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September 8th, 2007

(no subject) @ 12:14 pm

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I predict that in twenty years, not dissimilarly to German in a sense, most Japanese nouns will be written in katakana. Why? Because they'll all be English loanwords. I was in the grocery store, looking for some matcha; I didn't want the loose-leaf stuff because it's a pain in the ass to futz around with it in the office. Finally found an (expensive) little jar of the stuff with all the right characters and whatnot - but then in the ingredient list it said (in katakana) "instant tea".

WTF?
 
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From:dolphin42
Date:September 8th, 2007 05:32 am (UTC)
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well, the japanese way is imitation and then improvement, so the japanese idea of instant tea is unsuprisingly more sophisticated... I guess... You are giving me the wanderlust, I want to travel more... Alas, I'm only part way through my katakana/hiragana workbook.
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From:amaninthemoon
Date:September 8th, 2007 11:47 am (UTC)
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Once I learned katakana, I found the abundant Engrish strange as well. Then, I realized that there's no real reason to consider it odd, or even to assume that the borrowed words are even English. "Tea" was originally a Chinese word, for instance. English itself is mostly loanwords, after all. I'll grant that "instant tea" (or インスターントチ・イー or whatever) is almost certainly from the English, but given how mangled the pronunciations become when you convert to the Japanese syllabary, you probably can't tell half of the time whether any given borrowed word is English or Spanish or French. Or Russian. Or Martian.

Reading katakana Engrish makes my brain hurt, by the way.
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From:moof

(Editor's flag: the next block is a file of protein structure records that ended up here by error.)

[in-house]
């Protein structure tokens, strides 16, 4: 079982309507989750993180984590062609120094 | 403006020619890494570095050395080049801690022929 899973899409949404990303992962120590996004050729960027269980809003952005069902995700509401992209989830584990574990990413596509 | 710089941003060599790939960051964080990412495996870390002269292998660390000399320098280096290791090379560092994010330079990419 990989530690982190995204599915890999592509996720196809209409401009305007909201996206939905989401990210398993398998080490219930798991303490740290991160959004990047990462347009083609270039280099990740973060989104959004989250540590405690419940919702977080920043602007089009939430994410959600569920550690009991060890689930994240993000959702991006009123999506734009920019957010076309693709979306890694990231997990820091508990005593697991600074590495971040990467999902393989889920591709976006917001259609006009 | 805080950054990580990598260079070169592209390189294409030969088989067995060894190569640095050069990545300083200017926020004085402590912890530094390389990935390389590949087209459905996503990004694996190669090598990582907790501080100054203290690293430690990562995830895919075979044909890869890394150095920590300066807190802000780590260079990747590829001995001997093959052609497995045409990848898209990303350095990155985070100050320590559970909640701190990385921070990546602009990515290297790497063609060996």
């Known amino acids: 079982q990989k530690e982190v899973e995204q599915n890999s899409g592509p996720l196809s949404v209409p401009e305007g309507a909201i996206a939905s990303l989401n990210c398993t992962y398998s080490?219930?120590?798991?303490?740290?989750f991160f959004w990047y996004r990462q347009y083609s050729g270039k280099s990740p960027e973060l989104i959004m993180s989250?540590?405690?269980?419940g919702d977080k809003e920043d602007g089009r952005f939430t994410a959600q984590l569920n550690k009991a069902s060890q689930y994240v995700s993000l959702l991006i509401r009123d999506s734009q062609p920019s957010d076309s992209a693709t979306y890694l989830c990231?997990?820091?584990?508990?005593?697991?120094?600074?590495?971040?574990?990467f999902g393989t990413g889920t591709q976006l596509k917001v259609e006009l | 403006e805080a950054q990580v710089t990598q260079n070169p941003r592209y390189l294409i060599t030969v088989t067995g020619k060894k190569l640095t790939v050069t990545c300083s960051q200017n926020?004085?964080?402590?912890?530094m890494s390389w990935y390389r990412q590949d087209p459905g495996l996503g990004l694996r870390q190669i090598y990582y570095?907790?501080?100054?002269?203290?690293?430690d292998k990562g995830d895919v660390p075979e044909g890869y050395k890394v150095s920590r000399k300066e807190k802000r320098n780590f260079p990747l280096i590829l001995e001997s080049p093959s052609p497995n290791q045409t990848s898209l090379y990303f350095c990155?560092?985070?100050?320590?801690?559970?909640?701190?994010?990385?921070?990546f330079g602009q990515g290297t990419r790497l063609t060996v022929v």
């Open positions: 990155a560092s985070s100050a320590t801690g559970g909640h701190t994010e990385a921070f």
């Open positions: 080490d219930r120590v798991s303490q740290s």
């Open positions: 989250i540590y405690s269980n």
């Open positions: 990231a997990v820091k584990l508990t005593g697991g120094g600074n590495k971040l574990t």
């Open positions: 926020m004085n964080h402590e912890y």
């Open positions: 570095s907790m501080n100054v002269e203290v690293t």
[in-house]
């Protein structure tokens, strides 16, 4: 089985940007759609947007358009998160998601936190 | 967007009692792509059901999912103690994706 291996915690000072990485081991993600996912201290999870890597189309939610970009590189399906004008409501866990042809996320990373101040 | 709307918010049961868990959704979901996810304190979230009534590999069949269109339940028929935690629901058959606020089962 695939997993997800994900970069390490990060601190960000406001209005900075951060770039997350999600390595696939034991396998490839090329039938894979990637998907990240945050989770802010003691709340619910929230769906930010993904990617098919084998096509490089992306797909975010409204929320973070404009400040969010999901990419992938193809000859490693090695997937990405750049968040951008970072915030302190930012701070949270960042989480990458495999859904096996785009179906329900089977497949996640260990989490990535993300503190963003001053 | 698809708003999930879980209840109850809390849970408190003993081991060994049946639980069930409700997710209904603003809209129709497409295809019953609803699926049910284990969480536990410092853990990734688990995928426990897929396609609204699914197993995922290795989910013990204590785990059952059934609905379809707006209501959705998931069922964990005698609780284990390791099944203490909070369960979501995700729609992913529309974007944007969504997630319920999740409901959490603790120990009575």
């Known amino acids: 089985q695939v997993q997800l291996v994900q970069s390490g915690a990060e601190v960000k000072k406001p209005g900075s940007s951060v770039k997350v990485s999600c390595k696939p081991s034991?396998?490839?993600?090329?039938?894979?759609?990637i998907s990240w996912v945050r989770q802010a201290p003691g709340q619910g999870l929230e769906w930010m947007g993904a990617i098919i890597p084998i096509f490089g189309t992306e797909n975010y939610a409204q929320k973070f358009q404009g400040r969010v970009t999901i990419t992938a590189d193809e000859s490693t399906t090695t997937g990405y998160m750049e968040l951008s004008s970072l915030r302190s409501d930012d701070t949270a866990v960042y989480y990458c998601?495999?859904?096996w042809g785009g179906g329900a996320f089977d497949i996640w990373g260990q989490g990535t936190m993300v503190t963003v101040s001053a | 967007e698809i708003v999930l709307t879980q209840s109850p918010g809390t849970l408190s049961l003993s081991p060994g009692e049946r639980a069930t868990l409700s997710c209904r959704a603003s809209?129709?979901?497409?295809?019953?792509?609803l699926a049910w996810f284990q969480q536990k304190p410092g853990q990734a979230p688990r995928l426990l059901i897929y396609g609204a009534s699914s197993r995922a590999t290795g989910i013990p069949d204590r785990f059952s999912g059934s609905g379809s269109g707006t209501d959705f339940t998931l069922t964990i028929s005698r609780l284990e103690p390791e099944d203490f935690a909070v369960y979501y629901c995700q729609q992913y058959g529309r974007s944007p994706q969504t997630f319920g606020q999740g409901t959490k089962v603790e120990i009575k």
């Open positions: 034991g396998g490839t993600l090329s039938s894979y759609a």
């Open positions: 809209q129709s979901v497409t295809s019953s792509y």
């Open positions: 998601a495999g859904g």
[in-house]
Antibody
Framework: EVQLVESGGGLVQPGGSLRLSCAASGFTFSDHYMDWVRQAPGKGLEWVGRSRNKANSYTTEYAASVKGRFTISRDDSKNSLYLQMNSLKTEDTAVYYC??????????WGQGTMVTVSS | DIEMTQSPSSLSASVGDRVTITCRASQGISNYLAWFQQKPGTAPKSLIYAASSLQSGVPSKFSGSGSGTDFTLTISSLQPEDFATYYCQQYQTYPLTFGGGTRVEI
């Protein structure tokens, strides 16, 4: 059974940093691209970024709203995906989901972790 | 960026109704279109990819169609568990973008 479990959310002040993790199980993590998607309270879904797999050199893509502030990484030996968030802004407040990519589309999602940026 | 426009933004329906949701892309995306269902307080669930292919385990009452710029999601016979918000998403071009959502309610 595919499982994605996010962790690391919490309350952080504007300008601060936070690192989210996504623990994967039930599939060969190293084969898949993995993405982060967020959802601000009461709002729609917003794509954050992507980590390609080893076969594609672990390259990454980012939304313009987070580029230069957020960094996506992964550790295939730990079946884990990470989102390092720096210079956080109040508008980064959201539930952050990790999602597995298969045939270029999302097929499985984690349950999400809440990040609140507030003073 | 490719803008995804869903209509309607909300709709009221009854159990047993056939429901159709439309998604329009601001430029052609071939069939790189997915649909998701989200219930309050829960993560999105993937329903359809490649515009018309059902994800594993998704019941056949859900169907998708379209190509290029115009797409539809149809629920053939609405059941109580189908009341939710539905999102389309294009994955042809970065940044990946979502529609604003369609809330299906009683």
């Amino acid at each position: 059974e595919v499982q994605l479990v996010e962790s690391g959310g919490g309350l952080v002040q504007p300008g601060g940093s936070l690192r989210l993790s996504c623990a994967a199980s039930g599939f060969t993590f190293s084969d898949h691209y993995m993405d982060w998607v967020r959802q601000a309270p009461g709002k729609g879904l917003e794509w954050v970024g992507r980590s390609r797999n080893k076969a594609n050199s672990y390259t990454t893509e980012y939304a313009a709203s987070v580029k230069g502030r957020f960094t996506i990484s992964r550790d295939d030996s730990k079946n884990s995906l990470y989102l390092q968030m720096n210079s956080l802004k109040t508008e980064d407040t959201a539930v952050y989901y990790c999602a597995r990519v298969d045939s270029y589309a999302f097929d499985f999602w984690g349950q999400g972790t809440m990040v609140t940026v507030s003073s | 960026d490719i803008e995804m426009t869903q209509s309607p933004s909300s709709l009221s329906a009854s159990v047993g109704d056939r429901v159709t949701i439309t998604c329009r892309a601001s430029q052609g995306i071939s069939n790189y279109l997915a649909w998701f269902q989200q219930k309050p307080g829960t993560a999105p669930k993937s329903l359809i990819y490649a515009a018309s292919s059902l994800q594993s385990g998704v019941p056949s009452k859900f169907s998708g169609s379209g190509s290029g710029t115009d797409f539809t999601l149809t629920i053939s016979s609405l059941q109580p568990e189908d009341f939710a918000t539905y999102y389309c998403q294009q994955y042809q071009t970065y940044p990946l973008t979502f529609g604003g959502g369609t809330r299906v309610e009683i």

Date:September 8th, 2007 01:43 pm (UTC)
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Katakana engrish doesn't bother me nearly as much as katakana french - cafe au lait -> ko-hi- a re. (instant tea was "insutanto te[small i]-".)
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From:amaninthemoon
Date:September 8th, 2007 09:14 pm (UTC)
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That's funny. They use the engrish word for coffee and use french (flench?) for the rest. I guess there'd only be about one character's difference, once you convert them into katakana.

Good for them. It drives me nuts sometimes that we have five or ten different languages' worth of nouns for the same damned thing. Great for poetry, lousy for everything else, especially kids and ESL people.

By the way, a lingual shift towards english probably isn't any worse than what was happening before. When looking for textbooks, I found a lot of reviews for certain ones that said they were full of language that's no longer in use, and these were only 25-30 years old. I'm guessing this is because of the gradual standardization/reduction/redaction of kanji and the slow move towards phonetic spellings of many words. I'd think the fact that pretty much all kids' text is phonetic allows for shifts that the non-malleable kanji didn't, since we know from experience that kids and tweens set a lot of the new language in the west. And, just like generation after generation in the west gets lazier, so too will theirs, and they'll get to the point that they don't use certain kanji at all anymore, even as adults. Consider "u" and "ur"--there's a VP at my company who uses them because they're easier to type. Sad, but that's the future of english.

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